Why Customers Are Seeking Slower Shopping Experiences

There has been, since the beginning of the e-commerce boom, a perpetual fear that online shopping would usurp and entirely replace the brick and mortar high street. What has happened, however, is quite different. Technology and online platforms have supported and changed the way high street retailers operate, altogether complementing them. Retailers are even looking to further bridge the gap between their online and physical shopping experiences by introducing click and collect options, app profiles, and in-store digital experiences.

There is, however, an alternative retail culture that is growing in response to this increasing digitisation, and it is known as slow shopping. These retailers are creating experiences that move away from a reliance on digital services, intense advertising, and supplementary services, seeking instead to create a fulfilling shopping experience that quietly generates a more lasting impression upon shoppers. Here’s how they are doing it.

Less Noise 

Retail can occur in a number of ways, from too densely packed shelves to an abundance of information. Slow shopping experiences work toward quiet retail spaces, swapping and consolidating various posters for a single, more refined display mounted on elegant stand offs. Others are prioritising store space of stock, preferring to select and promote ‘hero items’ over broad selections of products, emphasising that in a culture of busyness, less truly can be more.

Retail Experts 

One cost of having less branding material and information within your store is that customers may find themselves with questions or seeking guidance. This is where slow shopping concepts truly excel, focussing their attention on retail experts, that is, members of staff that are highly trained in specific services or products.

By offering such expertise, customers are able to interact with a human and build retail relationships. Historically, there may have been pressured to sell or advertise during customer interactions, however, in a digital age where human elements are often absent from transactions, retailers are finding value in exemplifying a brand through great character.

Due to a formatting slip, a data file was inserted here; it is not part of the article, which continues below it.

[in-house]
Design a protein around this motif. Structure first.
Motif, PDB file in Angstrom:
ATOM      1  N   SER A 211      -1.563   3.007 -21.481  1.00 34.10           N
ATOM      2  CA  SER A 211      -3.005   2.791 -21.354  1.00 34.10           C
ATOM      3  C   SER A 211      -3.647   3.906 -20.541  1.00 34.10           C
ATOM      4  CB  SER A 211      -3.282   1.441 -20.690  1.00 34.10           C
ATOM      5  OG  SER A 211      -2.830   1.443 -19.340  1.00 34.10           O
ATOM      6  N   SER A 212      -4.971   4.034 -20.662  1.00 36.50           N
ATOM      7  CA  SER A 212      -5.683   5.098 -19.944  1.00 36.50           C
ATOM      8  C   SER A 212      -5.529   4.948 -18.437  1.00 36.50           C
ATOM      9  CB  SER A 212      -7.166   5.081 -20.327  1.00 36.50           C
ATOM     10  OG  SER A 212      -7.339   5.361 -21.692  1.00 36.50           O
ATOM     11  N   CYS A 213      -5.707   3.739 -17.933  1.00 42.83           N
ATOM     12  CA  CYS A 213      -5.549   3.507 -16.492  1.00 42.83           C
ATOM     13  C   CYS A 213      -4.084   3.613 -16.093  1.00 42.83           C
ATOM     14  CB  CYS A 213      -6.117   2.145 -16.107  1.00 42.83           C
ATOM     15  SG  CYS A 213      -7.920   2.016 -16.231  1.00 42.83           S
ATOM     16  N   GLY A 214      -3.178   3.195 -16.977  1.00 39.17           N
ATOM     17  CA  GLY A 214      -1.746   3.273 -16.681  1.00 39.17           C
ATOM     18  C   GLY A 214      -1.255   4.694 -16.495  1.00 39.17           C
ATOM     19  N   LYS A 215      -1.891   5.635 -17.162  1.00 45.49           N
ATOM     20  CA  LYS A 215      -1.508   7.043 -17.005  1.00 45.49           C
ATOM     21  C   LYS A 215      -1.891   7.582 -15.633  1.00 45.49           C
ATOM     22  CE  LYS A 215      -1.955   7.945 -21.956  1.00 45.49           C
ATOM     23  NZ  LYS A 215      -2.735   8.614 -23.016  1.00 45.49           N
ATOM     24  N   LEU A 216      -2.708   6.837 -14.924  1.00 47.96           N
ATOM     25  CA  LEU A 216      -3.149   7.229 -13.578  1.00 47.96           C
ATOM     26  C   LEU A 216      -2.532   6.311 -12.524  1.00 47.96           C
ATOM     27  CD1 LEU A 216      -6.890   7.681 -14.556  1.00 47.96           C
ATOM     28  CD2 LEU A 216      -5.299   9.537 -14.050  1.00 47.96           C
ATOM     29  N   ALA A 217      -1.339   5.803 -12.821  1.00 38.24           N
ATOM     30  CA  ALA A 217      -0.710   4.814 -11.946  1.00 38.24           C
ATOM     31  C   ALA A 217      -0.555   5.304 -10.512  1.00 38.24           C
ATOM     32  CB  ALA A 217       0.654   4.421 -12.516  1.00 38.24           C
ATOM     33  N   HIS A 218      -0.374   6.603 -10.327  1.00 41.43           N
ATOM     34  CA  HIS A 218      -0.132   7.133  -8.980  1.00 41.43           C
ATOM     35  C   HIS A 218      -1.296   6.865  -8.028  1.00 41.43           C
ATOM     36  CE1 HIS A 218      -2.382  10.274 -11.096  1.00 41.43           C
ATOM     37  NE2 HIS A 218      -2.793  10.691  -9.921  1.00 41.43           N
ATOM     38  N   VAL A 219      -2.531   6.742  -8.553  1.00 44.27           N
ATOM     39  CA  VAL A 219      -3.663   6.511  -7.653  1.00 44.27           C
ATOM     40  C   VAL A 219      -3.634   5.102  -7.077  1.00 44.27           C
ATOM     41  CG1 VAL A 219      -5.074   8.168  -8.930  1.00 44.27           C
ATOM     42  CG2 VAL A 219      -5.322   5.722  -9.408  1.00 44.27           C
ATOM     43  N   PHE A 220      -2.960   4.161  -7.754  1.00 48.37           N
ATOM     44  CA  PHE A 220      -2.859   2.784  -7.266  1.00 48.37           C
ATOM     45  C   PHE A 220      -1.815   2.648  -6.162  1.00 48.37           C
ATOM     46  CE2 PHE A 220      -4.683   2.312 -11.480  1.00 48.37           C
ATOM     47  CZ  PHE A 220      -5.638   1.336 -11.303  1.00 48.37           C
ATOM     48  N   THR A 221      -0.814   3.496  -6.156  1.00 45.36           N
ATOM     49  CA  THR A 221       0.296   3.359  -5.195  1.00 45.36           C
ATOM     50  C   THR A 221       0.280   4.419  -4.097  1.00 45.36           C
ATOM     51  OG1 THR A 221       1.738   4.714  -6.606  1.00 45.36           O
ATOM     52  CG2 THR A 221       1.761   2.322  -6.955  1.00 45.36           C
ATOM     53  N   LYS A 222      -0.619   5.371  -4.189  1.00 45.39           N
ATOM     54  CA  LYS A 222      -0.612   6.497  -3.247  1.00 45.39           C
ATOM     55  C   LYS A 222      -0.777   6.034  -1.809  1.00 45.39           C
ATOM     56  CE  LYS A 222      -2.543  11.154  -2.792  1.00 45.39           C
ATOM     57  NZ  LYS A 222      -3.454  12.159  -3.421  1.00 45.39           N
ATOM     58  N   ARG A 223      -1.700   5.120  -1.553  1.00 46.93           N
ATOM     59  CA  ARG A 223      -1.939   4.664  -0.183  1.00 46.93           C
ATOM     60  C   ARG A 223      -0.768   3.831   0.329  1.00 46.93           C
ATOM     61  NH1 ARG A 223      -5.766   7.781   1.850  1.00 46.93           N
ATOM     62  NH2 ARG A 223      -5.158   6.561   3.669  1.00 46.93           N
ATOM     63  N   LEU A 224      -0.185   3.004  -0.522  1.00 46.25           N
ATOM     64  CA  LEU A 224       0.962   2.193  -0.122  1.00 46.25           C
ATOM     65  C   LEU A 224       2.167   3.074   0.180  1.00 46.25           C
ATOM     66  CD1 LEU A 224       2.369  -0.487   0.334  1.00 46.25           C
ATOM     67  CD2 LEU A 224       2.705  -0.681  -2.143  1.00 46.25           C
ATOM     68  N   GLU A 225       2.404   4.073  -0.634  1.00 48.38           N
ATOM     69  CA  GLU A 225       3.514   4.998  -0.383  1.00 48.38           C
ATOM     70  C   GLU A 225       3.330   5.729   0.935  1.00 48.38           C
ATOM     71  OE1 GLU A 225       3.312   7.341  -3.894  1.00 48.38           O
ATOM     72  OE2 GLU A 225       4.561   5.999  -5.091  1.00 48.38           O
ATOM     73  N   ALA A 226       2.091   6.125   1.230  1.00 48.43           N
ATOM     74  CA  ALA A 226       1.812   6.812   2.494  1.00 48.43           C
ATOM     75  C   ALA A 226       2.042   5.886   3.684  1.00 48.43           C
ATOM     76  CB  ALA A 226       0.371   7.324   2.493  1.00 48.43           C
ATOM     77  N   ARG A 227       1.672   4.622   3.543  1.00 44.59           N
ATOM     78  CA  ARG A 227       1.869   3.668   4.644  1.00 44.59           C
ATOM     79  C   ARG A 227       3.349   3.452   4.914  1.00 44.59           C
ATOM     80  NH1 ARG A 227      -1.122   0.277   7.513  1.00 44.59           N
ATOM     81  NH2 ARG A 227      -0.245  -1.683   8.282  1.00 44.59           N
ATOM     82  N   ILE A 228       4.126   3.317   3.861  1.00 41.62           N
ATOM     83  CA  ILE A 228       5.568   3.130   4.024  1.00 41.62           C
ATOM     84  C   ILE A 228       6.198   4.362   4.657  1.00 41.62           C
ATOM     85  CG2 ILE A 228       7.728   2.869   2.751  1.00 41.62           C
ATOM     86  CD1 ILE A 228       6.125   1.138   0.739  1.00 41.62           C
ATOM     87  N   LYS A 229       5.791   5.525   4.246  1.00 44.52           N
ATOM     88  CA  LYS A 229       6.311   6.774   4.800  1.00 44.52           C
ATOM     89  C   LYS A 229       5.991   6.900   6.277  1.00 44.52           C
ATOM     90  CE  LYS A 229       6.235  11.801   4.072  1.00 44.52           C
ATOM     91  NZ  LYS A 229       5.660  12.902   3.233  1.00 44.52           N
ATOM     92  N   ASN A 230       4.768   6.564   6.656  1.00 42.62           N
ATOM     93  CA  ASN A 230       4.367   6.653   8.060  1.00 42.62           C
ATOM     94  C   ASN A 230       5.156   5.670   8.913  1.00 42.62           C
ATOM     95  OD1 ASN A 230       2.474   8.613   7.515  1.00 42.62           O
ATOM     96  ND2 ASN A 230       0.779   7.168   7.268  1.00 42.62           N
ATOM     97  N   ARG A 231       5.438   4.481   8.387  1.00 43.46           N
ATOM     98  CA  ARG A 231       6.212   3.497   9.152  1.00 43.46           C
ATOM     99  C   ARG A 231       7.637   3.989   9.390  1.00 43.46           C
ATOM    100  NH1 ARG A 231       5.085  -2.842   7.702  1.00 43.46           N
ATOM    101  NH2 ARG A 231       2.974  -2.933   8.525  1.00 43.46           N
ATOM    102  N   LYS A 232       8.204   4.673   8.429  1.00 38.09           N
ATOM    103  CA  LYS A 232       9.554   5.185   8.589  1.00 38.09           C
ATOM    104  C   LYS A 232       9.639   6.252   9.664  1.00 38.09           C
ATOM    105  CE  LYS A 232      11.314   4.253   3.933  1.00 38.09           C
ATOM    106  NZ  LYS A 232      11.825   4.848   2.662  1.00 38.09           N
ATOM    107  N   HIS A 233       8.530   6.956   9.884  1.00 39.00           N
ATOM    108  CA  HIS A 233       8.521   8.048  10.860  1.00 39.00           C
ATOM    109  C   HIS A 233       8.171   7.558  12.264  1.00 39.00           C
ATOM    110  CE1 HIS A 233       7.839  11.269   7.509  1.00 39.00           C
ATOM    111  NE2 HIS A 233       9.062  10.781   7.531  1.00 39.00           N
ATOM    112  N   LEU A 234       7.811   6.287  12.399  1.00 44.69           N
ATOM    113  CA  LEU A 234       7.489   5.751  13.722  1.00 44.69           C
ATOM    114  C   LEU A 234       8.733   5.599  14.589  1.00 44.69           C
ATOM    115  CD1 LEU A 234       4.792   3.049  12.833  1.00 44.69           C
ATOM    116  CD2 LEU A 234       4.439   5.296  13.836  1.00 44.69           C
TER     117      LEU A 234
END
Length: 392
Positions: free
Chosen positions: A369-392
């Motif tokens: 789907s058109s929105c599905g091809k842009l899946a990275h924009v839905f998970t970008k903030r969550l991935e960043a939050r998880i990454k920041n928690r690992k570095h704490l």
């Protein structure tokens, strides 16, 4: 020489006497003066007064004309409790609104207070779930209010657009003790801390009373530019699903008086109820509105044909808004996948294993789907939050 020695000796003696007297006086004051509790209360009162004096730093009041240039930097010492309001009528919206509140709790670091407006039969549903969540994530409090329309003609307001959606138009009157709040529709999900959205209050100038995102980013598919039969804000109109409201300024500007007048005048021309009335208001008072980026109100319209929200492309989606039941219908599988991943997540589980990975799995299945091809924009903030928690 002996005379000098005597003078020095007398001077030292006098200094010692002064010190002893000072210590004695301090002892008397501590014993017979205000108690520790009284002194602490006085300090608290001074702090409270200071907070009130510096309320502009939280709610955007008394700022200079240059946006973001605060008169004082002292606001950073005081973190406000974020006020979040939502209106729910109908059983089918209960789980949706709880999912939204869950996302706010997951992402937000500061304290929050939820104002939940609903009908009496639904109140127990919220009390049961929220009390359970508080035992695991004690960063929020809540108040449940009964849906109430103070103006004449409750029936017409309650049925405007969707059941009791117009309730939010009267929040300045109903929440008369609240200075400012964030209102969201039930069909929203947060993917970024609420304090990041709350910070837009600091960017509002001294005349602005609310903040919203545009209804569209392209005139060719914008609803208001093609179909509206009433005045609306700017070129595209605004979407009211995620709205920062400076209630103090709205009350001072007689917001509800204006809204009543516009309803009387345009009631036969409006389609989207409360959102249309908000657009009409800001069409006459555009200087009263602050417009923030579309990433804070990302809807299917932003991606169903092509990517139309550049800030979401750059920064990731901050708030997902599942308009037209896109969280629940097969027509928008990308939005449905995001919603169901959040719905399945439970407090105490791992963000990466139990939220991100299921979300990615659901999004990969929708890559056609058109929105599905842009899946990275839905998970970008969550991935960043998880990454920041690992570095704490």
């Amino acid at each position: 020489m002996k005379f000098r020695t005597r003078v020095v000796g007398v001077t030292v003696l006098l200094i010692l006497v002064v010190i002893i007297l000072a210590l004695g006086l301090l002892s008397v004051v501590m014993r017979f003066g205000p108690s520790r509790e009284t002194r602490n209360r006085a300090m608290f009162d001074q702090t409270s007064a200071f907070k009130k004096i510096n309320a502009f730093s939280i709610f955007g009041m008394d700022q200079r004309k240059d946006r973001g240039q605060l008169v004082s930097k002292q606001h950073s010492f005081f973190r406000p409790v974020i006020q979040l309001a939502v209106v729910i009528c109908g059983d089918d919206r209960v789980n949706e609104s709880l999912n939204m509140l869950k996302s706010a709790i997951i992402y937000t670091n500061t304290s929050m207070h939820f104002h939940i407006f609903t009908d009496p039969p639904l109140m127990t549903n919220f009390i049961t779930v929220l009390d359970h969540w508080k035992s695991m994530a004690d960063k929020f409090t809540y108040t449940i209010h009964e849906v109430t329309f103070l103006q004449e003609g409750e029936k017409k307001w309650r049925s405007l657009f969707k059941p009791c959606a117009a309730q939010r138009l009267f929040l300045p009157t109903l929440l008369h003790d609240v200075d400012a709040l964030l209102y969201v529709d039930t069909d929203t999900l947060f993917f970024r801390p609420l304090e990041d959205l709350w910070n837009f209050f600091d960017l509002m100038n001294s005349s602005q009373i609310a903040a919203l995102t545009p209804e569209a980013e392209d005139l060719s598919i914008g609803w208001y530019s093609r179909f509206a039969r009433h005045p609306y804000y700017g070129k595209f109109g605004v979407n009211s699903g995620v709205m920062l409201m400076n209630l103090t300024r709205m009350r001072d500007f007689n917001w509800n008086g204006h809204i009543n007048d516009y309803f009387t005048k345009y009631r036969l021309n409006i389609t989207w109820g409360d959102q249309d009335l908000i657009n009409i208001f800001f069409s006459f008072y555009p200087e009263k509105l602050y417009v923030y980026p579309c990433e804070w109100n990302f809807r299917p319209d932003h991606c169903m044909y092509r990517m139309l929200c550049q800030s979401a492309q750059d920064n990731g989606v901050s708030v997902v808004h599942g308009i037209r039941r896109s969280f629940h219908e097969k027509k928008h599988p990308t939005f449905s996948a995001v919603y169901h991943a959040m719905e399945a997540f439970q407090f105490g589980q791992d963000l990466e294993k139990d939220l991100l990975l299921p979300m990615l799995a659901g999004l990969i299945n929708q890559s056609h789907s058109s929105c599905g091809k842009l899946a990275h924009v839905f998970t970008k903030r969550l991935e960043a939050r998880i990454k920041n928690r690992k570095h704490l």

Cultivated Aesthetics 

There is an ongoing tussle between store products and retail aesthetics. Stores spend considerable amounts of time seeking to balance utility or stock with their desired brand design. As retailers slow down, occasionally offloading their stock and checkout services to online platforms, they are able to better cultivate their shop space into a desirable aesthetic.

With attention turned to shop shelving and furniture, retailers are giving more attention to the style of their store, choosing items and furnishings that exemplify their brand identity. For example, stores with organic products are refitting their shop spaces with natural materials and greater amounts of natural light. 

Less Stress 

Stress consistently ranks among the most impactful features a retail space can have upon customers. As a customer begins to feel more stressed, their likelihood of leaving increases too, even neglecting to make a purchase if suitably severe enough.

Certain studies have shown that technology, sign-ups, and information abundance can all contribute to feelings of stress. Even upbeat music, which was once seen to motivate customers into making purchases, has now become associated with pressure and stress. In response to this, slow shopping retailers are seeking to move away from such pressures and instead create spaces that customers feel happy and comfortable to be within.

Sophie Green: Sophie's blog focuses on e-commerce strategies and trends. Her background as an e-commerce entrepreneur informs her insightful posts.

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